I began to wonder about six degrees of separation in Jane Austen's world when I was researching and writing a very different book, A Flaw in the Blood, which is set in 1864 and concerns Queen Victoria. In the course of learning about her world, I naturally read David Cecil's excellent biography Melbourne. Victoria's first prime minister--already aging when she ascended the throne, but a Regency Buck of the First Stare, a remarkable personality and intellect--utterly bewitched the young queen, whose partiality for William Lamb, Lord Melbourne, was so marked that raucous crowds heckled her with cries of "Mrs. Melbourne!" when she rode abroad in Rotten Row. She was perhaps 18 when this "grand pash" occurred, and not yet married to Albert; and she seems not to have cared one whit for public opinion. I'd have swooned over Melbourne, too.
|Caro dressed as a page|
Researching Melbourne, reading about Caro, and thinking about Regency personalities inevitably led me to a biography of Byron himself. Naturally, it's littered with love affairs and remarkable women, none of whom--not even his half-sister, with whom he had an incestuous child--appears to have been able to resist him. A gallery of some of them may be viewed below.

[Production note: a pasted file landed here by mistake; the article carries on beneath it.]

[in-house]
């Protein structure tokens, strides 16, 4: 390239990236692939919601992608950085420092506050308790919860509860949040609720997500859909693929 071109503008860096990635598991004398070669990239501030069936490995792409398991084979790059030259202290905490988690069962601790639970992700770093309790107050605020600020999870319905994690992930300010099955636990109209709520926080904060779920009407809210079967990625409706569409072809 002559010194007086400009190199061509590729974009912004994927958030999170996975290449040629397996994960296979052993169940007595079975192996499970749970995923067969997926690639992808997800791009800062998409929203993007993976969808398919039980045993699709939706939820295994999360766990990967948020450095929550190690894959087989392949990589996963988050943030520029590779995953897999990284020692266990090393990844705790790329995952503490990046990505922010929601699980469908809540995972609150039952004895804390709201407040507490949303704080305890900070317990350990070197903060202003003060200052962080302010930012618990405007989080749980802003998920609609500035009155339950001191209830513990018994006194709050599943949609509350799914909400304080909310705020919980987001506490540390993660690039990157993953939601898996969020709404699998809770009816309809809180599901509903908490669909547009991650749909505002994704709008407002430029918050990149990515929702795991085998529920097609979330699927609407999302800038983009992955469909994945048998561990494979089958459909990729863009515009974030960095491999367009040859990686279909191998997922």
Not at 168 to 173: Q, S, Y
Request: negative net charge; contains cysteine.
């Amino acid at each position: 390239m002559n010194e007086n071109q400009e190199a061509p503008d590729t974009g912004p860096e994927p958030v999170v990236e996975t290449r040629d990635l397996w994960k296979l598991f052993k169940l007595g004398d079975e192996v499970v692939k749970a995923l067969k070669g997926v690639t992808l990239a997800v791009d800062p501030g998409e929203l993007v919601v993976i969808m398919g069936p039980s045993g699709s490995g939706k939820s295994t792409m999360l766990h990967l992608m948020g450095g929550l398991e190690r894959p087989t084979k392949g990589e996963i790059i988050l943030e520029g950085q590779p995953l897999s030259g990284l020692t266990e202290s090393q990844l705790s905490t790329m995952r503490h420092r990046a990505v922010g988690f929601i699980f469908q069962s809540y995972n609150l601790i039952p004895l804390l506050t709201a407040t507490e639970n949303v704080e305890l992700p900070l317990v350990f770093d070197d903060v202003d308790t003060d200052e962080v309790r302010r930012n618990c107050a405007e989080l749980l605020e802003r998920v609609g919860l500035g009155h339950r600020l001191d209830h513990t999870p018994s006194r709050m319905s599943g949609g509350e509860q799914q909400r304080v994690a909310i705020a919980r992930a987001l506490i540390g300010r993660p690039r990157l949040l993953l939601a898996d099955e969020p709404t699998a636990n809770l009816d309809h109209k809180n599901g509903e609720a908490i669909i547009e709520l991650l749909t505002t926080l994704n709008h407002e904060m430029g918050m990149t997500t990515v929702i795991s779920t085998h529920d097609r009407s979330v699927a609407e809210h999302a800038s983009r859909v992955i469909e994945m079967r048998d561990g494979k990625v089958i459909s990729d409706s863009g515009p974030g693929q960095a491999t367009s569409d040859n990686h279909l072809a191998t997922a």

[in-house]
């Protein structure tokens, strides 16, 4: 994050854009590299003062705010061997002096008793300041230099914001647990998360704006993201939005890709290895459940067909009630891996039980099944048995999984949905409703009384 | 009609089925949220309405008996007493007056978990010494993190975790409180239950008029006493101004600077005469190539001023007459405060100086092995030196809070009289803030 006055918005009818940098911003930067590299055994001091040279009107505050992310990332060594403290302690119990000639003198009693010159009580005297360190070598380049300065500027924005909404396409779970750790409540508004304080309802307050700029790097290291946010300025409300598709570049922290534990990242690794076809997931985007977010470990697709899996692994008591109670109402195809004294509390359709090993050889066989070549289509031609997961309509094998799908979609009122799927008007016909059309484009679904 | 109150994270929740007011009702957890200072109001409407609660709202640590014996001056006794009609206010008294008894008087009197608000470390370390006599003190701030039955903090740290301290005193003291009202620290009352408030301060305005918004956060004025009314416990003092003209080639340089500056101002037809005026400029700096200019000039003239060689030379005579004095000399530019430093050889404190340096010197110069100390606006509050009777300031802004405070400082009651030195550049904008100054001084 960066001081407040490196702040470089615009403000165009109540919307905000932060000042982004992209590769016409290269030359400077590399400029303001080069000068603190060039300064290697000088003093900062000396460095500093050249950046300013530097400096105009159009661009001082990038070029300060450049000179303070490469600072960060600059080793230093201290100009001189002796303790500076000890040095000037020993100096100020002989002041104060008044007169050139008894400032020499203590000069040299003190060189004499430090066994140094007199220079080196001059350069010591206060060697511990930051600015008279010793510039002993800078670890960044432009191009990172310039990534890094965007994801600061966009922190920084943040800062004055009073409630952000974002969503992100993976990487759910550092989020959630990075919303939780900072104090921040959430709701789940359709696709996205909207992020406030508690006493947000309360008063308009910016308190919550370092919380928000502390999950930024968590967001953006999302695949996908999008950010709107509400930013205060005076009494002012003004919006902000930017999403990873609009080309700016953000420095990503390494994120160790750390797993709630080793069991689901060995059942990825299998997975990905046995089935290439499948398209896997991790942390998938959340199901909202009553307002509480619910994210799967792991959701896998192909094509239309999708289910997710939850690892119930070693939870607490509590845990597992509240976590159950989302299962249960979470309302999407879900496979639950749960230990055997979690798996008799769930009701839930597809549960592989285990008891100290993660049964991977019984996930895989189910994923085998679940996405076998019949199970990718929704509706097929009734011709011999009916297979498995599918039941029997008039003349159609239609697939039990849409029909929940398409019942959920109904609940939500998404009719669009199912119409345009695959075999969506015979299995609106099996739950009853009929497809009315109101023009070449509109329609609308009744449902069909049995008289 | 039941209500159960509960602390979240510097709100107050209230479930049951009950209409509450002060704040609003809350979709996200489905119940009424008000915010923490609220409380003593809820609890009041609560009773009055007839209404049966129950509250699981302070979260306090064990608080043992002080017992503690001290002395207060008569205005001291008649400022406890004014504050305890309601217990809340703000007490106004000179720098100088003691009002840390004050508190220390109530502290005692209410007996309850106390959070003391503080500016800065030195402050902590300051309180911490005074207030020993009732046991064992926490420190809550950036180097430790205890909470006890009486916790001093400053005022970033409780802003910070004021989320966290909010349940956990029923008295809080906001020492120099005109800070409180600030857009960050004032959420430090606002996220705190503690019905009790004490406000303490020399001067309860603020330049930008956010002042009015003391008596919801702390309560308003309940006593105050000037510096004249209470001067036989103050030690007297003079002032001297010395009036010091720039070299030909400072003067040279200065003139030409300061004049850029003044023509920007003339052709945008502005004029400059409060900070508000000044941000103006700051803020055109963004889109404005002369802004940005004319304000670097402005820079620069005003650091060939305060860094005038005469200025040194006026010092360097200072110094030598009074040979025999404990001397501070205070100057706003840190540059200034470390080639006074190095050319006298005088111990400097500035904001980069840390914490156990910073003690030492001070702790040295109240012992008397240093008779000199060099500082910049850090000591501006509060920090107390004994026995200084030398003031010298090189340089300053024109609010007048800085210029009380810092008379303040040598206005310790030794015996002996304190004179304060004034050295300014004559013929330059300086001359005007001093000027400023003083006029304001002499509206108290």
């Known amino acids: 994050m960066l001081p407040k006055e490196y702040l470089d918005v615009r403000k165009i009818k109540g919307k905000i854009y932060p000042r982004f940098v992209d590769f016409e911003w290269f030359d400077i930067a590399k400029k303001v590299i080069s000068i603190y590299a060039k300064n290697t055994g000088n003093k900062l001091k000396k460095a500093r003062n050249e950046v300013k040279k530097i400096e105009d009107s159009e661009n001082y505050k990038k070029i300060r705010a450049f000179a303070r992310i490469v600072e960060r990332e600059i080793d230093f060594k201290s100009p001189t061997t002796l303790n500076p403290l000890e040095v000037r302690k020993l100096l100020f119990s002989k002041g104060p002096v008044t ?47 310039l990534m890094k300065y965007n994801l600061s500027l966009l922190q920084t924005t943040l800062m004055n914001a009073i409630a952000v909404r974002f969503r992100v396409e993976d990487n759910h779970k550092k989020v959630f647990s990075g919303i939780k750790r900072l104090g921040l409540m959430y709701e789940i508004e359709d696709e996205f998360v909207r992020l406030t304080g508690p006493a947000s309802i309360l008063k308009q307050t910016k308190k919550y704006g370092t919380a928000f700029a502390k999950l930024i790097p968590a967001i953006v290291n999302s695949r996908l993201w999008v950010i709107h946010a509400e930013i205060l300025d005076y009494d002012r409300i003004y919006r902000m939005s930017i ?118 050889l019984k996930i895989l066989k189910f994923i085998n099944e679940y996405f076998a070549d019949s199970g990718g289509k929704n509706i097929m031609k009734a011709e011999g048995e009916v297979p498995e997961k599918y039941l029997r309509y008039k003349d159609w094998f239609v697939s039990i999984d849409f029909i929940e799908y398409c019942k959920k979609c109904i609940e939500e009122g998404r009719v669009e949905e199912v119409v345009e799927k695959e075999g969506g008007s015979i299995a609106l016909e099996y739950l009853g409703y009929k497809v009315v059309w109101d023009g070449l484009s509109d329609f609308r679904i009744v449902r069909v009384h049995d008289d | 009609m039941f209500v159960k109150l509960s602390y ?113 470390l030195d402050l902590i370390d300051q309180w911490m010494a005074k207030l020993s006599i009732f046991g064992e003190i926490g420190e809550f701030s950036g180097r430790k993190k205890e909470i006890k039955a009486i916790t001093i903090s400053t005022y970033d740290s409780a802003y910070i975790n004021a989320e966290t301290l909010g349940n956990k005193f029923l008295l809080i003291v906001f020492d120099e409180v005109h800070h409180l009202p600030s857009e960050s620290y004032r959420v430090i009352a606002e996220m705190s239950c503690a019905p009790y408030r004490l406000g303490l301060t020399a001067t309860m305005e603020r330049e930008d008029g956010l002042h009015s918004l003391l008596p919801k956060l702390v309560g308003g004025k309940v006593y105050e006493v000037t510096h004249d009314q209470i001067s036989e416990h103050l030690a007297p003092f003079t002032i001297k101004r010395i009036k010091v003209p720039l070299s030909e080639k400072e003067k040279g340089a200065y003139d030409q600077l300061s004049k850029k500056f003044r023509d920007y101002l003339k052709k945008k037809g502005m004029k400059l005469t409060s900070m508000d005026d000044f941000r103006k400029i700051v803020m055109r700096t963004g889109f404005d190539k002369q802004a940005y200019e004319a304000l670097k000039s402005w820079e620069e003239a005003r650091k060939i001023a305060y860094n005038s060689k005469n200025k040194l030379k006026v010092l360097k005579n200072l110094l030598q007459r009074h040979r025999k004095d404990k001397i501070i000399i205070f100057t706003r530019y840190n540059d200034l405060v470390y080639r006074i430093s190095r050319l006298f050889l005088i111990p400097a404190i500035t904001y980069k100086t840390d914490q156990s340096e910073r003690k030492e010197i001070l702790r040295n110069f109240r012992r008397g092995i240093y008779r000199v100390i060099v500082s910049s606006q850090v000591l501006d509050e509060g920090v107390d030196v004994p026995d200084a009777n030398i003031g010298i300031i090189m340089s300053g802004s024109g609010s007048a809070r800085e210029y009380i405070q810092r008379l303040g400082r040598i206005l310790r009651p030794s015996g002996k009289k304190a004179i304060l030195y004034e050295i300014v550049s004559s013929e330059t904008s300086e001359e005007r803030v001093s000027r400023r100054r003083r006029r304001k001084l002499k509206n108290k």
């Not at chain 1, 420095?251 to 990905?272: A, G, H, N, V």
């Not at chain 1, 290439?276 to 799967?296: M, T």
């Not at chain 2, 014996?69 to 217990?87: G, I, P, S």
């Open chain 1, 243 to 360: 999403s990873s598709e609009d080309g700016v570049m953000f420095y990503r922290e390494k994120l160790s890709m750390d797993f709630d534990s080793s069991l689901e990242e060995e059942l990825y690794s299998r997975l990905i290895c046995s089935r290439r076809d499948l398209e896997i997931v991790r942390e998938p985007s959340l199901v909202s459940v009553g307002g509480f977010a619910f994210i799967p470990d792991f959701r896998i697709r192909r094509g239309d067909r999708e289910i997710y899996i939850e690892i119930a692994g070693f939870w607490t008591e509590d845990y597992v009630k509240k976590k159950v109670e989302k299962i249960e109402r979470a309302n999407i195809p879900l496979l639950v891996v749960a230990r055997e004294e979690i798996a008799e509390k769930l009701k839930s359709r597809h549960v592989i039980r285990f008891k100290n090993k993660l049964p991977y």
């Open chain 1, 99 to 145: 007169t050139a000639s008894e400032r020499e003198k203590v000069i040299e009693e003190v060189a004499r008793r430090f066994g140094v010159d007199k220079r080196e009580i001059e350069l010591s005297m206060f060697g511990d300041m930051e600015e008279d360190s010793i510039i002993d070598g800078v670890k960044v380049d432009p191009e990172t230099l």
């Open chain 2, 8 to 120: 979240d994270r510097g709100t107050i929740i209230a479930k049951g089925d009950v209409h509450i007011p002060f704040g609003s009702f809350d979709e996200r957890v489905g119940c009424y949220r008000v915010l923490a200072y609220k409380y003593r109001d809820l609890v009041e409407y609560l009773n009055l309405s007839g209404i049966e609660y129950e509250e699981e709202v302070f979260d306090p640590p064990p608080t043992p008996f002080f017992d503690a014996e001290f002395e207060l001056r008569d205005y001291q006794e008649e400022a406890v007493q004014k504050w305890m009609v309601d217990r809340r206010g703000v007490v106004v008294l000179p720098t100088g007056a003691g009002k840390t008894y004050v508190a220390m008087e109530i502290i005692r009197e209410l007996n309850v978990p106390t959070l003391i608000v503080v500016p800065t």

|Annabella, Lady Byron, mother of Byron's|
|Augusta Leigh, Byron's half-sister,|
mother of an incestuous daughter
|Jane Elizabeth, Lady Oxford|
|Claire Claremont, Mary Shelley's step-sister,|
mother of an illegitimate daughter
A single fact at the end of Byron's life gave me pause: he was refused a public funeral or burial in Westminster Abbey in 1824 due to his scandalous life. Instead, his biographer tells us, he was laid out for viewing at the London home of Sir Edward Knatchbull. Yes, Janeites--Byron's wake was held in Fanny Austen Knight Knatchbull's London house. How did George Gordon end up in with Jane Austen's niece? I have never been able to find out. But the link between the two families was all the permission I needed. I decided Jane MUST encounter some madness in Brighton in 1813.
One more interesting degree of separation: Byron was always in Dun Territory--always at the mercy of his creditors--and when he finally sold his birthright, a crumbling estate called Newstead Abbey, he sold it to the brother of Fanny Austen Knight's Kentish neighbor, James Wildman, of Chilham Castle. (For more about the Wildman family, see Jane and the Canterbury Tale.)
Happy Winter Reading!